Prize for Fylde hacker who cracked Windows

Paedophile searching the net.

Paedophile searching the net.

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James Forshaw might just be the only person to be positively associated with hacking this year.

For the expert has been awarded a bounty of more than $100,000 for finding his way into software by one of the world’s biggest computer corporations.

The 35-year-old former Lytham St Annes High School pupil has been handed the record amount of cash from Microsoft and sent a personal congratulations from its top ranking bosses.

The praise comes because, put simply, he was the first person to discover a new way of getting around in-built protections in Windows.

This will give Microsoft a chance to add extra safeguards and further protect users of their software.

He said: “Microsoft Windows contains a number of features, ‘exploit mitigations’ which have been developed to make it more difficult for someone to exploit software security flaws to get control of a user’s computer.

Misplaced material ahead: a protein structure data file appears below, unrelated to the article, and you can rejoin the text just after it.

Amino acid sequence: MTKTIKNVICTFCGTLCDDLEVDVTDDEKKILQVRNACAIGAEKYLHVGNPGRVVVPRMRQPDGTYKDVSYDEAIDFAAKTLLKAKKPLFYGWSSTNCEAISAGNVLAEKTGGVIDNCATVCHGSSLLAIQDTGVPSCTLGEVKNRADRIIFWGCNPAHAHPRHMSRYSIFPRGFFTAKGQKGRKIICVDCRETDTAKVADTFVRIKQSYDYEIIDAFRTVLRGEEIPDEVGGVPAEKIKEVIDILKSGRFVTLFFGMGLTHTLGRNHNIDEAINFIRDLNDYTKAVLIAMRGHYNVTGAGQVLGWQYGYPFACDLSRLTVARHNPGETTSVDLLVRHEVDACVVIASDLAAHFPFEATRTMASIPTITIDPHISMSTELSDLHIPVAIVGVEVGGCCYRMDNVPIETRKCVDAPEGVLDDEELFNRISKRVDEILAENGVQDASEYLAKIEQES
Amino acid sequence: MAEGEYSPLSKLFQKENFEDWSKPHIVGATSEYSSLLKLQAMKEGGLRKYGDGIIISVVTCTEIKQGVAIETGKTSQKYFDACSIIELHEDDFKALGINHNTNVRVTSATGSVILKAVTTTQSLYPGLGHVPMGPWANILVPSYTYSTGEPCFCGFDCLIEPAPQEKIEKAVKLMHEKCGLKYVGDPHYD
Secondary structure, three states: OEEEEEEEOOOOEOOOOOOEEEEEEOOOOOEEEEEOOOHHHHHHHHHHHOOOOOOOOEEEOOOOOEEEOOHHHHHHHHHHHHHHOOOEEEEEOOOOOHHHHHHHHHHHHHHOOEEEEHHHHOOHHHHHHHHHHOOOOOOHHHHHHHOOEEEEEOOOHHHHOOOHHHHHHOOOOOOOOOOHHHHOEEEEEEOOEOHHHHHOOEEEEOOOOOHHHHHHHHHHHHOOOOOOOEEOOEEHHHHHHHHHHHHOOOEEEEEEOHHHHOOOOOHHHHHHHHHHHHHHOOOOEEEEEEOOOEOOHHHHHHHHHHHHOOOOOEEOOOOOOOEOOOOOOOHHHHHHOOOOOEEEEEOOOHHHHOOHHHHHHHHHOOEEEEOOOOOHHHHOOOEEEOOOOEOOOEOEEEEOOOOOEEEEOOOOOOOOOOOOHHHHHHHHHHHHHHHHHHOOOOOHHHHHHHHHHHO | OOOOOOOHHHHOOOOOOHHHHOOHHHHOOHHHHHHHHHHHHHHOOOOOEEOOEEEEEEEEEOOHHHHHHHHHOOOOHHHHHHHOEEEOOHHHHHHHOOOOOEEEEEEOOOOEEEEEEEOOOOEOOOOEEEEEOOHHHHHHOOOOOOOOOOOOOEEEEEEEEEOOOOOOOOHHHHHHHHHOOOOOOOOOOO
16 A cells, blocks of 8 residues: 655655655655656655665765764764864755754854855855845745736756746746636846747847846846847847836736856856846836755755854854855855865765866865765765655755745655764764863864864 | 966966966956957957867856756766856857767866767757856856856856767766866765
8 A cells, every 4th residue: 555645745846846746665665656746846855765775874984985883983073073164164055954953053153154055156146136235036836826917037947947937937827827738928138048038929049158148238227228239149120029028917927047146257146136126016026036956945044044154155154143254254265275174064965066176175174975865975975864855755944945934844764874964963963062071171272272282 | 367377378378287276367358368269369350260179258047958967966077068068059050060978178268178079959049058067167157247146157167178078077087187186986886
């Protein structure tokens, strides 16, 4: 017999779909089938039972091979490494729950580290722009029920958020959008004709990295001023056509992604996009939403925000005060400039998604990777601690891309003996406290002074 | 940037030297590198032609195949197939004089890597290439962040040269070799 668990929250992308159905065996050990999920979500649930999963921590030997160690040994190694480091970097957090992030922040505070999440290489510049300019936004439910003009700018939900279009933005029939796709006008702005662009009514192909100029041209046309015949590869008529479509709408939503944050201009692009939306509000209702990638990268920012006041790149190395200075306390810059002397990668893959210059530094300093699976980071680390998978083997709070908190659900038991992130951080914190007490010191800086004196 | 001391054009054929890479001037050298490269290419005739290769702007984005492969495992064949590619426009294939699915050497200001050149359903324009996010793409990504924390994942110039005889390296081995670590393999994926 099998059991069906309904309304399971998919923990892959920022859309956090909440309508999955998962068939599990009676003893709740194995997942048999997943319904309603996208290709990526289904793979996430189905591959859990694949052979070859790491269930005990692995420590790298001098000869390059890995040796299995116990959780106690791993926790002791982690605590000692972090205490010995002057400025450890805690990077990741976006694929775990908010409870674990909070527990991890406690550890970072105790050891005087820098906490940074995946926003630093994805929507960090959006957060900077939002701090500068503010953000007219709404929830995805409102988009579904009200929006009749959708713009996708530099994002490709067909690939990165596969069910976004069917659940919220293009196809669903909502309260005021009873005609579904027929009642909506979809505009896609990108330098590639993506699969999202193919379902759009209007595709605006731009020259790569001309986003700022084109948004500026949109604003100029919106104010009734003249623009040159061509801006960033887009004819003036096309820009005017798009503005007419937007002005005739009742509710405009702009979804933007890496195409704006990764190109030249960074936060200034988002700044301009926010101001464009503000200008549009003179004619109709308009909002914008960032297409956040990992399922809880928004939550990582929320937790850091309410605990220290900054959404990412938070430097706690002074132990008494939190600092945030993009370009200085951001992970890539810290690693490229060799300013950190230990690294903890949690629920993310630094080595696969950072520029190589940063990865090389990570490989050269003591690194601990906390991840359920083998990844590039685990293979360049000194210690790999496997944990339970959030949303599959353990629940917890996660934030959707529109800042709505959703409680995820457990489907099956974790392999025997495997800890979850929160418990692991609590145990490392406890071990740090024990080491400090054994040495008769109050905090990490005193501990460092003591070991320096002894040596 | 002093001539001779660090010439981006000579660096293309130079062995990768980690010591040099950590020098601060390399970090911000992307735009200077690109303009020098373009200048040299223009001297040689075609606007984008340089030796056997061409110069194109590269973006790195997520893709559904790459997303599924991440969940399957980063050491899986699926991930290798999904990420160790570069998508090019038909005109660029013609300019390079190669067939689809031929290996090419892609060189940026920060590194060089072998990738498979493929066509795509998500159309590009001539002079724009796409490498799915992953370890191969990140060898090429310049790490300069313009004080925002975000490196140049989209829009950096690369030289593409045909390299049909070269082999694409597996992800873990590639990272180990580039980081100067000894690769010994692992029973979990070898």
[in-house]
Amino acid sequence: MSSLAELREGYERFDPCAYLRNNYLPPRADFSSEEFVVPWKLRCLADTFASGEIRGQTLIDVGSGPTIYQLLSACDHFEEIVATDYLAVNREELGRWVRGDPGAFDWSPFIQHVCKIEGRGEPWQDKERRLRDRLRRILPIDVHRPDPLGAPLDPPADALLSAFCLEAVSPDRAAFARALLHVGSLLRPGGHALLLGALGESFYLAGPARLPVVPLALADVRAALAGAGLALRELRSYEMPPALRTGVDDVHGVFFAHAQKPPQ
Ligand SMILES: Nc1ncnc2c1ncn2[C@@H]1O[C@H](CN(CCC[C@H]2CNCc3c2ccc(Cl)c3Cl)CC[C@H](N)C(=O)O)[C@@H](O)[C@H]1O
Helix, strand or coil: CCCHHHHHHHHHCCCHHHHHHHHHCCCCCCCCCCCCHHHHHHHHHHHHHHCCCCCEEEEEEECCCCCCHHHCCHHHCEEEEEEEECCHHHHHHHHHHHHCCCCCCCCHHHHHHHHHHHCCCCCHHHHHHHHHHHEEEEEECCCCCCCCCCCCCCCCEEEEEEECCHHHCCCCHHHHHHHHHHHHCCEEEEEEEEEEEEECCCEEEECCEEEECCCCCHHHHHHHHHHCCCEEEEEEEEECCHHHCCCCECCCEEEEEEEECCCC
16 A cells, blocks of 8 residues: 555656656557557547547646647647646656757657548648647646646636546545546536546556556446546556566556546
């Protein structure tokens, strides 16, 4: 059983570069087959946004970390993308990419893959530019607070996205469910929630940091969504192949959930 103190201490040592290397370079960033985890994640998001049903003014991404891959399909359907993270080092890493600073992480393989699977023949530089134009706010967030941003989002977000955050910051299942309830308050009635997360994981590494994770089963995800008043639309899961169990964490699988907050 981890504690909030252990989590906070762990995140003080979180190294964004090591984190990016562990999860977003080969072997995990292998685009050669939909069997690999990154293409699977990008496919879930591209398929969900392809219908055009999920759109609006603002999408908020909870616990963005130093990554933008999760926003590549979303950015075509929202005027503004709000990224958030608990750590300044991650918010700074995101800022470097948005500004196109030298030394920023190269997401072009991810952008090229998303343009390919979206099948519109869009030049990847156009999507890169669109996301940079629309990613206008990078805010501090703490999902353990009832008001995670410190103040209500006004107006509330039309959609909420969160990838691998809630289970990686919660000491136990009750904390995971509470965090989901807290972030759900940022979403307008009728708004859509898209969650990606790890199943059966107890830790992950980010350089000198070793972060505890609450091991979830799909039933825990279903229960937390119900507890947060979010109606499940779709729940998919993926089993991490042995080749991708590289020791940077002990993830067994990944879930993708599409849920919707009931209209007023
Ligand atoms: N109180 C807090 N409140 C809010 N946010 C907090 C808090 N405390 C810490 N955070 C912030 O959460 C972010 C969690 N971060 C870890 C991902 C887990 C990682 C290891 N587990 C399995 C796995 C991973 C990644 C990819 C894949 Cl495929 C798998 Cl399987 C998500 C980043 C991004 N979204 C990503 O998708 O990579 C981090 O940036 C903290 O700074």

“The challenge was to find a software technique which bypasses their mitigations and still allowed me to get control of a user’s computer.

“The reason they pay such a high figure is that a technique of this sort is potentially very valuable to people who want to compromise a user’s computer for financial gain or private information.”

The bulk of the $109,400 bounty will go to James’s employers at Context Information Security in London, although he’s been promised at least a cut of it to treat his girlfriend.

And it’s not the first time he’s been able to splash out after ‘winning’ a hacking contest – he also took home $20,000 from a competition in Canada earlier this year.

James, who grew up on Buckingham Road, Ansdell, added: “There’s two sides to my enjoyment of it, one is the intellectual puzzle and challenge, and there’s an altruistic side, a feeling of satisfaction of being able to make people’s computers more secure.”

Microsoft has said finding out about the new “mitigation bypass technique” would help it protect users against a whole new class of cyber attacks.

Katie Moussoris, a Microsoft security expert, said: “James not only made history by receiving a total of $109,400 from our bounty programs, he also helped us make our customers safer.

“On behalf of over a billion people worldwide – thank you.”

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